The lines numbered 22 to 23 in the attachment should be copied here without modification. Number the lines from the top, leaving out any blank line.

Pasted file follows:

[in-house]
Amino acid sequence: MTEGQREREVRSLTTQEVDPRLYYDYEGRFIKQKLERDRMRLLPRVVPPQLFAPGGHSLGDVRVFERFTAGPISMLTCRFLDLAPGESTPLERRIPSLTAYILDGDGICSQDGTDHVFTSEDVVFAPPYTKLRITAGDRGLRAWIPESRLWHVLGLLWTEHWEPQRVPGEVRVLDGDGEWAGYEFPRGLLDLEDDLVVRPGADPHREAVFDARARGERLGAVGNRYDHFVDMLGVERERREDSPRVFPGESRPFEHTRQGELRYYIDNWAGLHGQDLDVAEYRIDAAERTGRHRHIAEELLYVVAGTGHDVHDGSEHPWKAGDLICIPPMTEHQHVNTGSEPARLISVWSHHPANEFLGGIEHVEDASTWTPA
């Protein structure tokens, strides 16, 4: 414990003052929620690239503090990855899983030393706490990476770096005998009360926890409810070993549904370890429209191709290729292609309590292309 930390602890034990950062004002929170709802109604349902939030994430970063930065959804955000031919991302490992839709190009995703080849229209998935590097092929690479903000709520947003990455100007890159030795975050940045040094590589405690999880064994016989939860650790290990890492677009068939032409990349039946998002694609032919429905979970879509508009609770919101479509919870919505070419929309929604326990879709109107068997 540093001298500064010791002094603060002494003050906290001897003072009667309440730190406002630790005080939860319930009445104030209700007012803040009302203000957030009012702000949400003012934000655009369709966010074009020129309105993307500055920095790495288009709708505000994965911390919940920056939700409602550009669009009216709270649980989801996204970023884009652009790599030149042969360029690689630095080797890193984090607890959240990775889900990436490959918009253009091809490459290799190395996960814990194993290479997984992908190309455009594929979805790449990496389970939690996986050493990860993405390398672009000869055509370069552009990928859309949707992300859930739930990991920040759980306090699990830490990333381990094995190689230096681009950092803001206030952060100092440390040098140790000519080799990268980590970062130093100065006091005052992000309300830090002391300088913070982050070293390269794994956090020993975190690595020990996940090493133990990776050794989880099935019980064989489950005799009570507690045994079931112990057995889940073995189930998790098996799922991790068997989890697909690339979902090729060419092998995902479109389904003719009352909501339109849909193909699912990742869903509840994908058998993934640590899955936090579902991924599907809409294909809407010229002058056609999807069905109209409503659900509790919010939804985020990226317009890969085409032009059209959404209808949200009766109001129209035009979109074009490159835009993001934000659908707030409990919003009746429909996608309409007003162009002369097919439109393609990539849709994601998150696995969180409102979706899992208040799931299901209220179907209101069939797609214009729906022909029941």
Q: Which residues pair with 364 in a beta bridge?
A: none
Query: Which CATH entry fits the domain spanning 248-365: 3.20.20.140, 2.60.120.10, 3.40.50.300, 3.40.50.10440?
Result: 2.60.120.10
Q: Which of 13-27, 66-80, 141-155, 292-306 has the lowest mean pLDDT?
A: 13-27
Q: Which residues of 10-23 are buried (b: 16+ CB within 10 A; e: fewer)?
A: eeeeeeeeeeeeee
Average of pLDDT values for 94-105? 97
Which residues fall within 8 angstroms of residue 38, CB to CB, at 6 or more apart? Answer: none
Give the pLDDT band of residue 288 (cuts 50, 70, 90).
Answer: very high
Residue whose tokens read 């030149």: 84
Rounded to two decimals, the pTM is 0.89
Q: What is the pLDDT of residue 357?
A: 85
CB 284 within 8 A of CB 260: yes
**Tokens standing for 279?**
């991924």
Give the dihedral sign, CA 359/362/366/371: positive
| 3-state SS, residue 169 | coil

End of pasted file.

């991924």
Give the dihedral sign, CA 359/362/366/371: positive